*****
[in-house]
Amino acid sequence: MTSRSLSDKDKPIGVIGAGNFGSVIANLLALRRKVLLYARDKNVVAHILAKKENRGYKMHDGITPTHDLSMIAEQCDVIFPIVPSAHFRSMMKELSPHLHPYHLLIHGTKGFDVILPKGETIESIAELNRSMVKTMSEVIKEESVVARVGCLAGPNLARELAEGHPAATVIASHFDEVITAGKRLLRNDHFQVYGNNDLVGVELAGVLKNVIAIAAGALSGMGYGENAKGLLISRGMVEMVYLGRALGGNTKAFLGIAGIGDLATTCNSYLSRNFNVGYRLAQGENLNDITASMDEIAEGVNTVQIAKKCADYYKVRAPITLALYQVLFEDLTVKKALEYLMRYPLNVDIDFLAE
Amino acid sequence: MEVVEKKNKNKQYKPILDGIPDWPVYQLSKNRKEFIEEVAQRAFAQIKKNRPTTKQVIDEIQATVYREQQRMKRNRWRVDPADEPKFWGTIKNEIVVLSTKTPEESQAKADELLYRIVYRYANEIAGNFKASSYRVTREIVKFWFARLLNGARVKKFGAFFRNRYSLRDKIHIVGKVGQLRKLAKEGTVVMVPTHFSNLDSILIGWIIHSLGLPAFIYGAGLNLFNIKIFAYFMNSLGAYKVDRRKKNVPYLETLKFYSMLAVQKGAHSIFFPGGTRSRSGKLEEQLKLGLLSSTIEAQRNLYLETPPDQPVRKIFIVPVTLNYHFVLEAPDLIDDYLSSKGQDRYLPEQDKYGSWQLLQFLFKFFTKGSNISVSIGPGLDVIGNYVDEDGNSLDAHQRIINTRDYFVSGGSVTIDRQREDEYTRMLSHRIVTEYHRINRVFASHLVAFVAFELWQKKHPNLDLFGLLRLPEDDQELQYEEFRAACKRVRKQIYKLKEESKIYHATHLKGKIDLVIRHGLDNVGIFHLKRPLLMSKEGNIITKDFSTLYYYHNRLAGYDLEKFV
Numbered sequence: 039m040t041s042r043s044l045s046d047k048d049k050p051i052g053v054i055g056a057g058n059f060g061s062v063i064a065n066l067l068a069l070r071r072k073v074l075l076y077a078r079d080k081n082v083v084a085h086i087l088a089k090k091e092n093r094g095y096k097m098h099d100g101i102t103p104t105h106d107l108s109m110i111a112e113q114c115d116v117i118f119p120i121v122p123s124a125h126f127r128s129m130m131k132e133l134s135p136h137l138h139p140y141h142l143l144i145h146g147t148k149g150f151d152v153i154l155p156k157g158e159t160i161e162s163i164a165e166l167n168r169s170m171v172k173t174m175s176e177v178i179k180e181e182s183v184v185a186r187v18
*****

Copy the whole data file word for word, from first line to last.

[in-house]
Amino acid sequence: MTSRSLSDKDKPIGVIGAGNFGSVIANLLALRRKVLLYARDKNVVAHILAKKENRGYKMHDGITPTHDLSMIAEQCDVIFPIVPSAHFRSMMKELSPHLHPYHLLIHGTKGFDVILPKGETIESIAELNRSMVKTMSEVIKEESVVARVGCLAGPNLARELAEGHPAATVIASHFDEVITAGKRLLRNDHFQVYGNNDLVGVELAGVLKNVIAIAAGALSGMGYGENAKGLLISRGMVEMVYLGRALGGNTKAFLGIAGIGDLATTCNSYLSRNFNVGYRLAQGENLNDITASMDEIAEGVNTVQIAKKCADYYKVRAPITLALYQVLFEDLTVKKALEYLMRYPLNVDIDFLAE
Amino acid sequence: MEVVEKKNKNKQYKPILDGIPDWPVYQLSKNRKEFIEEVAQRAFAQIKKNRPTTKQVIDEIQATVYREQQRMKRNRWRVDPADEPKFWGTIKNEIVVLSTKTPEESQAKADELLYRIVYRYANEIAGNFKASSYRVTREIVKFWFARLLNGARVKKFGAFFRNRYSLRDKIHIVGKVGQLRKLAKEGTVVMVPTHFSNLDSILIGWIIHSLGLPAFIYGAGLNLFNIKIFAYFMNSLGAYKVDRRKKNVPYLETLKFYSMLAVQKGAHSIFFPGGTRSRSGKLEEQLKLGLLSSTIEAQRNLYLETPPDQPVRKIFIVPVTLNYHFVLEAPDLIDDYLSSKGQDRYLPEQDKYGSWQLLQFLFKFFTKGSNISVSIGPGLDVIGNYVDEDGNSLDAHQRIINTRDYFVSGGSVTIDRQREDEYTRMLSHRIVTEYHRINRVFASHLVAFVAFELWQKKHPNLDLFGLLRLPEDDQELQYEEFRAACKRVRKQIYKLKEESKIYHATHLKGKIDLVIRHGLDNVGIFHLKRPLLMSKEGNIITKDFSTLYYYHNRLAGYDLEKFV
Numbered sequence: 039m040t041s042r043s044l045s046d047k048d049k050p051i052g053v054i055g056a057g058n059f060g061s062v063i064a065n066l067l068a069l070r071r072k073v074l075l076y077a078r079d080k081n082v083v084a085h086i087l088a089k090k091e092n093r094g095y096k097m098h099d100g101i102t103p104t105h106d107l108s109m110i111a112e113q114c115d116v117i118f119p120i121v122p123s124a125h126f127r128s129m130m131k132e133l134s135p136h137l138h139p140y141h142l143l144i145h146g147t148k149g150f151d152v153i154l155p156k157g158e159t160i161e162s163i164a165e166l167n168r169s170m171v172k173t174m175s176e177v178i179k180e181e182s183v184v185a186r187v18